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There’s a fine balance to being a good friend – you try to be there when she needs you, and she’s there when you need her. But if the scales tip too far towards her drama, your world can revolve around it.
That’s something Kelly, 28, can relate to, after helping her friend, Elle, to plan her wedding. Tension between guests threatened to hijack the day, and Kelly spent hours offering solutions to try to help Elle relax and enjoy herself. “But as the day drew closer, I realised I’d inadvertently absorbed a lot of her stress,” Kelly says. “I felt drained.”
It’s no surprise, says psychologist Victoria Kasunic, who sees twentysomething women in this situation all the time.
“It’s easy to fall into the trap of the friendship being about you always supporting the other person, and you get worn out,” Kasunic says. “If you do it all the time, it can compromise your ability to achieve your own goals.”
If you’re always thinking and talking about your friends’ problems, personal coach Kate James says you ought to pause and consider a bird’s-eye view of your friendships.
“The first step is in recognising you’re addicted to other people’s drama and might be thriving on it,” she says. “Make a choice about whether that’s enhancing your life or taking you away from other, more fulfilling things.”
Workshopping problems for other people can also distract you from your own issues. “Some people avoid having time for themselves because they don’t know what they’ll fill that time with,” Kasunic says. “It’s convenient to be able to say, ‘I’ve got to do this for so-and-so’ because it distracts you from dealing with your own stuff.”
That’s something Desiree, 27, learned helping her workmate, Brian, as he flitted between relationships. “For four years, I absorbed his madness,” she recalls. “We’d have long discussions in his office, in his car and over lunch, but no sense ever seemed to get through to him.” Desiree found herself going over Brian’s problems in her own time, and that got her down. But when she found out he was leaving her workplace and hadn’t even told her, she realised how one-sided the friendship had become. “The depth of my involvement in his life became obvious,” she admits.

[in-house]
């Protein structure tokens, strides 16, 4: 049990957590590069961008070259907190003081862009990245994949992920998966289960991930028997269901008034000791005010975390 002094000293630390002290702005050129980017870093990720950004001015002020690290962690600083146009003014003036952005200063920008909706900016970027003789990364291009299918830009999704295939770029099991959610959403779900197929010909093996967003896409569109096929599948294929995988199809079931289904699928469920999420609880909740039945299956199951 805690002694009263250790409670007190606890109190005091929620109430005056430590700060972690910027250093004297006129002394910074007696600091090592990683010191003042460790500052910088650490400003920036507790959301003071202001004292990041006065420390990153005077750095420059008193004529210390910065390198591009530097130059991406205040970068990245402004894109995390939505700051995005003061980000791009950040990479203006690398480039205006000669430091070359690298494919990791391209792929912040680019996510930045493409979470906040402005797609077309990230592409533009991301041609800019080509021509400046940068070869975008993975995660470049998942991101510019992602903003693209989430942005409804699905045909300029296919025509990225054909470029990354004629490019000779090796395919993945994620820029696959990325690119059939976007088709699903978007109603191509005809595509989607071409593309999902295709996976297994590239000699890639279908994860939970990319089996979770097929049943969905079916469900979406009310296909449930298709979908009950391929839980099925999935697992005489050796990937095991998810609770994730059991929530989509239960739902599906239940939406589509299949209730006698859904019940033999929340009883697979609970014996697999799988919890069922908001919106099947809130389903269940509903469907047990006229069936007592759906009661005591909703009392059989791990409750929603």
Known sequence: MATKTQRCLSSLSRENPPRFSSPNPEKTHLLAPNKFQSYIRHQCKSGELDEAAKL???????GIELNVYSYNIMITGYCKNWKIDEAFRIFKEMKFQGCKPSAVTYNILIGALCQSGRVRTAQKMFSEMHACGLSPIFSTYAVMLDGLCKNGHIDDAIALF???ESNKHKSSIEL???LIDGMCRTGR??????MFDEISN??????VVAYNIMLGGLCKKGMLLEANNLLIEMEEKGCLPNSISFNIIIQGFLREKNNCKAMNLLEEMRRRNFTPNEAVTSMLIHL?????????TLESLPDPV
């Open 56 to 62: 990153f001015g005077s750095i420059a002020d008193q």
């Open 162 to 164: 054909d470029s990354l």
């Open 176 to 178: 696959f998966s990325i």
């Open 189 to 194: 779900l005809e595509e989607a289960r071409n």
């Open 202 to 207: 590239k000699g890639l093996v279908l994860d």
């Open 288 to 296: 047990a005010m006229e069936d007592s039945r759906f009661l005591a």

For Desiree, it took moving back home with her family in the country to shift her focus back to her needs. “I cut off a large group of those ‘friends’ who, at the end of the day, never had my best interests at heart,” she says. “I realised it’s important to give yourself time to take an outside look at your situation.”
Be supportive, minus the drama
The challenge is in finding a way to be supportive, without getting consumed. James suggests practising mindfulness by focusing on what’s happening in a particular moment. “Give your friend your full attention when you’re with her, but leave problems with her when you walk away and focus on the next thing you’re doing,” she says.
For Janelle, 28, this meant setting clear conversational boundaries. “My best friend had a falling out with one of our other friends and was devastated,” she recalls. “Whenever I was with her, the conversation would inevitably turn to the situation, so I was thinking about them all the time.” When her partner pointed out she’d been debriefing with him every night for weeks on end, she realised she’d let the drama go too far. “I refused to discuss it any more,” she says. “It was refreshing.”
Kasunic thinks Janelle has the right idea. “Cut in and break the dialogue you keep having,” she says. “Talk about yourself – it might distract her from the issue. And if you say, ‘I’m exhausted, I need time on my own’, a real friend will get that.”
Words by Kimberly Gillan
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